NRL scientist receives patent for rugged-lightweight spectrometer assembly

Jul 22, 2009
This is a schematic diagram of the Spatial Heterodyne Hpectrometer (SHS) Interferometer. Credit: Naval Research Laboratory

Naval Research Laboratory (NRL) Space Science Division scientist, Dr. Christoph R. Englert, is awarded patent by the United States Patent and Trademark Office for a more cost effective, rugged and lightweight compression assembly design for spatial heterodyne spectrometer (SHS) interferometer applications. This innovative design approach introduces the flexibility of exchanging optical components while conserving the ruggedness of previous monolithic SHS interferometer designs and reducing their high production costs; a factor that has impeded wide-spread military and commercial application.

"This technique provides a faster, more flexible and more cost effective way to fabricate rugged SHS interferometers," said Englert. "By eliminating the labor and cost intensive practice of optical contacting—a method of bonding flat surfaces without the use of adhesives—production, assembly and material alignment can be simplified without compromising optical performance or durability."

Unlike the first monolithic SHS development led by NRL that used optical contacting to bond all the interferometer components into a single block, this method also allows greater design flexibility by providing the option of using various spacer materials (e.g., different glasses, metals, or combinations of materials), further optimizing application benefits.

SHS systems are compact in size, can be field widened to increase their throughput advantage, have no moving parts and can also be built in all-reflection configurations. Due to its compact size, ruggedness and sensitivity, SHS is especially well suited for high resolution, space- and ground-based spectroscopy of diffuse sources, including atmospheric emissions or trace gas absorptions.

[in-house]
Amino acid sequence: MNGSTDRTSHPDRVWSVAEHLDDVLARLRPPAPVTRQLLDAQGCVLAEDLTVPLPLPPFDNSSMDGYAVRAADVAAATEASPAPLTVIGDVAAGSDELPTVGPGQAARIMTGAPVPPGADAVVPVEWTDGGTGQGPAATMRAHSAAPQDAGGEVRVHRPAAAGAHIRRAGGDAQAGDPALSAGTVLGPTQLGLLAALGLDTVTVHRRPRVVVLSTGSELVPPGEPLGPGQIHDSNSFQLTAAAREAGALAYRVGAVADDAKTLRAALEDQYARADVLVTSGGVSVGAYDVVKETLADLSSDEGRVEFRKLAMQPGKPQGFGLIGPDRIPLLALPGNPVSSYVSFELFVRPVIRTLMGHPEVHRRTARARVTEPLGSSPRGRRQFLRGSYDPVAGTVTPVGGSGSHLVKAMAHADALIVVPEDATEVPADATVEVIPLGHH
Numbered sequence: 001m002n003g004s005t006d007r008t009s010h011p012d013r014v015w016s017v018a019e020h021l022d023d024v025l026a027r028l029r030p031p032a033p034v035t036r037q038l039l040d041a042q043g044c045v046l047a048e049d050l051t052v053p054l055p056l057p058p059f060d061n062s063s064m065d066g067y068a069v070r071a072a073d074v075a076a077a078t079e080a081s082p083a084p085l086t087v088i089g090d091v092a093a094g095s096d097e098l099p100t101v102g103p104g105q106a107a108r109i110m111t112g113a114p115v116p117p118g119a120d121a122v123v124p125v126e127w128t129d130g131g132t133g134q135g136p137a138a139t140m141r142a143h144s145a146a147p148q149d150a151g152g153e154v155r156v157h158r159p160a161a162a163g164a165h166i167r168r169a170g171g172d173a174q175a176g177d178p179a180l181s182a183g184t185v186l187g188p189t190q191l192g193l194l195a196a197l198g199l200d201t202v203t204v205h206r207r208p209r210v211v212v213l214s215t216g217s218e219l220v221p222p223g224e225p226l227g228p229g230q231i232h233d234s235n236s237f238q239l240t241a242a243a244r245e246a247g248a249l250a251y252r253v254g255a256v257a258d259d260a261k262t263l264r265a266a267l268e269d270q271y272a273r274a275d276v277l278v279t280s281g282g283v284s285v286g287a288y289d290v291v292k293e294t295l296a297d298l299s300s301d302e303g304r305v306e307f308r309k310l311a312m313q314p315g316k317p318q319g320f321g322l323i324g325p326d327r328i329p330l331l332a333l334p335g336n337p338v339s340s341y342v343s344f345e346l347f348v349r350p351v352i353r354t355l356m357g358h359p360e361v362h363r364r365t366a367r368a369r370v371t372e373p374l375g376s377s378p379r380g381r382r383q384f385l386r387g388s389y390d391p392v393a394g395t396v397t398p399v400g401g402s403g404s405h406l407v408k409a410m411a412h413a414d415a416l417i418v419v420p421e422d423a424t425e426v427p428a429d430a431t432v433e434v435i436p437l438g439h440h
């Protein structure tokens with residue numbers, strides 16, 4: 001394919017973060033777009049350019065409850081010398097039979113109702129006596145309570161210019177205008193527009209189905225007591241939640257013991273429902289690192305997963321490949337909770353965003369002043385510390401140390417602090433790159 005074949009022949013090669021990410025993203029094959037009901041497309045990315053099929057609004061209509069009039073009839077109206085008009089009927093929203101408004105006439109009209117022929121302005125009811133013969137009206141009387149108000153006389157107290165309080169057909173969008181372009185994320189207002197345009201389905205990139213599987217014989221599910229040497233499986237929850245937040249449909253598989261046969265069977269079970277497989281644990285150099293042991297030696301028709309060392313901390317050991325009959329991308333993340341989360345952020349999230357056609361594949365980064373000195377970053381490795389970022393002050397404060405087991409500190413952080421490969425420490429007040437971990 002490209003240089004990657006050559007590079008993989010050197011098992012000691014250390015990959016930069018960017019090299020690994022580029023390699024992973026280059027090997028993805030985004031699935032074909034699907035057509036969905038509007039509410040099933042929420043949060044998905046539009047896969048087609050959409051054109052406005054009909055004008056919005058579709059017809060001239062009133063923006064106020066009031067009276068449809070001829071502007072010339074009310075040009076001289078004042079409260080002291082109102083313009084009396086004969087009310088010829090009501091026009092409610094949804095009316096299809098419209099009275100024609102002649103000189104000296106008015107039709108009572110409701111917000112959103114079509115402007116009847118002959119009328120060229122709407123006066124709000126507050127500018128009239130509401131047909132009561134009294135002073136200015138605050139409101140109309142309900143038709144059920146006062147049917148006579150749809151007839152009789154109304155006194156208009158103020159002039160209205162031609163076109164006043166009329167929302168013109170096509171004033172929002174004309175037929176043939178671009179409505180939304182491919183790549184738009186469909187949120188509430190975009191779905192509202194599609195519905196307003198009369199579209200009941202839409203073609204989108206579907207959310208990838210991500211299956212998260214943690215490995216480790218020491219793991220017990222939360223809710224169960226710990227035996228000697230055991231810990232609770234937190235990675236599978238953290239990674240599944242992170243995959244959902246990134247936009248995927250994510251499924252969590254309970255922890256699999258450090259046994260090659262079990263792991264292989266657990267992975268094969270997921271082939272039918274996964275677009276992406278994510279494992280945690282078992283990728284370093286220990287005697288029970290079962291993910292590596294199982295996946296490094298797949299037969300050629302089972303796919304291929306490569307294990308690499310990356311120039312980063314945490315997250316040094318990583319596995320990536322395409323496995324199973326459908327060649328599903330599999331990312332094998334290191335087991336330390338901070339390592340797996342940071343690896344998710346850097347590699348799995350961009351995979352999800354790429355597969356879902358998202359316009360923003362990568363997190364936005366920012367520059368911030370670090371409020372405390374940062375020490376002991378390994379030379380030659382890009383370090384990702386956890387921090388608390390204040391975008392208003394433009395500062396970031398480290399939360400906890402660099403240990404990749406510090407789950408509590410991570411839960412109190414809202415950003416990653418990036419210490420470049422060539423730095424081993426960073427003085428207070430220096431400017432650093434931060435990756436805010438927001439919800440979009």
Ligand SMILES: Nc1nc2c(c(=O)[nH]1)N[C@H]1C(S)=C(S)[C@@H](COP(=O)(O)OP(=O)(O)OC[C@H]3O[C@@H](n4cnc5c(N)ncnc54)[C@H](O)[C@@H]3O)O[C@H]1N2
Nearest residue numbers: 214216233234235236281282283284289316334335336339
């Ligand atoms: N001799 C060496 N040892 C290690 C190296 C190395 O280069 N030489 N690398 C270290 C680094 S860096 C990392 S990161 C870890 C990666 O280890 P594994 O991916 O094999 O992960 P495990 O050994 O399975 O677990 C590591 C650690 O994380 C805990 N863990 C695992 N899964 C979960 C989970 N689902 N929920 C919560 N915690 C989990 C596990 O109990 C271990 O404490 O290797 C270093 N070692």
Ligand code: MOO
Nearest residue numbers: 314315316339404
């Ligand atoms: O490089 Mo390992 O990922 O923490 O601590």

Field-widened spatial heterodyne spectroscopy was conceived in the late 1980s by Fred Roesler, professor of astrophysics at University of Wisconsin and John Harlander, current professor of physics, astronomy and engineering science at St. Cloud State University, Minn. SHS interferometers typically include a beamsplitter, two gratings, and two field-widening prisms. The optical components of SHS interferometers must be mounted within precise tolerances to achieve high performance.

SHS technology has proven to be very successful in NRL's Spatial Heterodyne IMager for MEsospheric Radicals (SHIMMER), which is providing mesospheric hydroxyl concentration profiles and polar mesospheric cloud measurements from the NRL/STP satellite STPSat-1 to improve the understanding of the chemistry and dynamics of the middle atmosphere.

Source: Naval Research Laboratory (news : web)

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